Here is a link:

https://welltempered.wordpress.com/2013/03/02/classical-music-as-the-newly-retired-pope-benedict-xvi-faces-his-new-life-he-looks-forward-to-playing-the-piano-and-to-hearing-classical-music-especially-mozart-and-beethoven/l

pope

Well, now as the papal conclave in the Vatican starts slowly toward getting underway (NEWS FLASH: The Vatican has announced the conclave will begin Tuesday) to elect a new pope, it appears that a playlist has been put together – by an American theologian at Notre Dame University at the request of the website Spotify — of classical music to help the cardinals (below, in an Associated Press photo) choose a new pope.

Vatican conclave with cardinals and Swiss Guard AP photo

Most of it is, of course, choral music, usually with sacred themes — but not all of it.

Some of it is familiar to me; much of it is not.

Some of its is well known and popular; some of it is not.

But the list is catholic rather than Catholic and sure has a lot of excellent and memorable music.

Whether listening to this excellent music would lead to an excellent new pope is another question.

Here is a link:

http://www.religionnews.com/2013/02/28/choosing-a-new-pope-theres-a-spotify-playlist-for-that/

Can any one of you think of other pieces of classical music that might be added? I thought of three pieces by Franz Liszt (below), who was quite the handsome and rakish youth and young man but who became a Franciscan monk later in life. (Below, a photo of Liszt in 1870 by Pierre Petit.)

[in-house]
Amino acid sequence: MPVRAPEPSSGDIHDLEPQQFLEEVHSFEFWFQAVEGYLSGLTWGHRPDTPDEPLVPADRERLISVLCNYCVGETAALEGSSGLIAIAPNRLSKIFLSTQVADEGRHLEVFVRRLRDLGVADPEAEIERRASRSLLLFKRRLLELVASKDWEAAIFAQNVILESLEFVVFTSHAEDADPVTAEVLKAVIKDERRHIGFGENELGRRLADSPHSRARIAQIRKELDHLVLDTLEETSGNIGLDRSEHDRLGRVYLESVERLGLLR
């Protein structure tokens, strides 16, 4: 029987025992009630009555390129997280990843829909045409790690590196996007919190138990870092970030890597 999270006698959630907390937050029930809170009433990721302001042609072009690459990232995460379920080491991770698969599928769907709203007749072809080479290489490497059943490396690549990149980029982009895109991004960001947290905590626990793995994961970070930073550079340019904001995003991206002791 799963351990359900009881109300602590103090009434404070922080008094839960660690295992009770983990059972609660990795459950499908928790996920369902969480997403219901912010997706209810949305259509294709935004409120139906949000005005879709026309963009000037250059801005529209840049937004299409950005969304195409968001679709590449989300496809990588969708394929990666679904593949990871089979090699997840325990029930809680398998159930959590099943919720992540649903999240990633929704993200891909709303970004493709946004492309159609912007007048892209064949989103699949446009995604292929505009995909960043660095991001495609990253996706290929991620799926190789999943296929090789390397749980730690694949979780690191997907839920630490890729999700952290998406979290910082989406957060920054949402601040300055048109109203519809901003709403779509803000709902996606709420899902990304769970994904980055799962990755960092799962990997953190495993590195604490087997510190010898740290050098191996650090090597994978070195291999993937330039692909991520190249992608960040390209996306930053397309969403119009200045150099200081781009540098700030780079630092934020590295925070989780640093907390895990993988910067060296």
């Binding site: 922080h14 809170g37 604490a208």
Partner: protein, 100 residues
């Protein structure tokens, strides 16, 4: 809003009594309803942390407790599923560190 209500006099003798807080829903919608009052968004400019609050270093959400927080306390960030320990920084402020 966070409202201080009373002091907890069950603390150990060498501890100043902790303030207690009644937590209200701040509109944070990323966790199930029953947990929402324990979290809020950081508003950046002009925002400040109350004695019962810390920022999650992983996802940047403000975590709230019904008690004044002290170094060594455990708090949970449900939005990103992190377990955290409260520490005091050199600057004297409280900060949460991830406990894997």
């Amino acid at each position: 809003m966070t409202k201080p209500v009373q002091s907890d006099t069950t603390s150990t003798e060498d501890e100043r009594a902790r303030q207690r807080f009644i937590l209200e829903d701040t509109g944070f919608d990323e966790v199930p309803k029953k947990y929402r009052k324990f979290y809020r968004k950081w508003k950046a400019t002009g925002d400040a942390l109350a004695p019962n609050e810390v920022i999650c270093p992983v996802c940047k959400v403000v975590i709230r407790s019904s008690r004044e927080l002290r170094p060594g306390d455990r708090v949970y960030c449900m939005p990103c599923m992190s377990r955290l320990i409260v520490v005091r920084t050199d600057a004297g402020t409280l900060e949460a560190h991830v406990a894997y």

Liszt photo portrait by Pierre Petit 1870

 The works are “Benediction of God in Solitude” from his “Poetic and Religious Harmonies” series, and his two “legends” about Saint Francis of Assisi: “St. Francis Preaching to the Birds” and “Saint Francis Walking on the Waves” (below, in a great YouTube video by Lise de la Salle with some incredible shots of the keyboard and her fingers walking on the rolling WAVES of notes.)

The Ear wants to hear.

And just maybe the Vatican’s conclave of 142 cardinals, to say nothing of the new pope, also wants to hear.

 


Classical music: As the newly retired Pope Benedict XVI faces his new life, he looks forward to playing the piano and to hearing classical music, especially Mozart and Beethoven. Plus, UW clarinetist Les Thimmig performs music by Schubert, Verdi and others for FREE on Sunday afternoon.

March 2, 2013
1 Comment

ALERT: An apology is in order. Somehow, in Thursday’s round-up of FREE chamber music events at the University of Wisconsin-Madison this weekend, I left out the performance on the Faculty Concert Series on Sunday afternoon at 2 p.m. in Mills Hall by The Thimming-Johnson Duo. UW clarinetist Les Thimmig (seen below with a saxophone) and UW pianist Jessica Johnson will perform the Sonatine in G minor, D. 406, by Franz Schubert; “Rhapsodie Dobrogeana” by Paul Jelescu; and two arias from Giuseppe Verdi‘s “Il Trovatore,” among other works. The duo will be joined by UW percussionist Anthony DiSanza on marimba.

Les Thimmig color

By Jacob Stockinger

He plays the piano well.

He adores Mozart above all (see the YouTube video at bottom), followed closely by Beethoven.

He attends a lot of live performances and is a discerning listener.

He has a brother, who was a professional church choir conductor and a composer.

And now he is a retired ex-Pope or “pope emeritus,” as the Vatican has baptized Pope Benedict XVI, seen below at a performance of Beethoven’s Ninth Symphony with conductor Daniel Barenboim at La Scala in Milan.)

pope

The outstanding classical music blog, “Deceptive Cadence,” which you can fin don the website of National Public Radio, has a terrific and very detailed story about the retired pope and classical music.

Here is a link:

http://www.npr.org/blogs/deceptivecadence/2013/02/27/172718489/benedict-and-beethoven-the-outgoing-popes-musical-life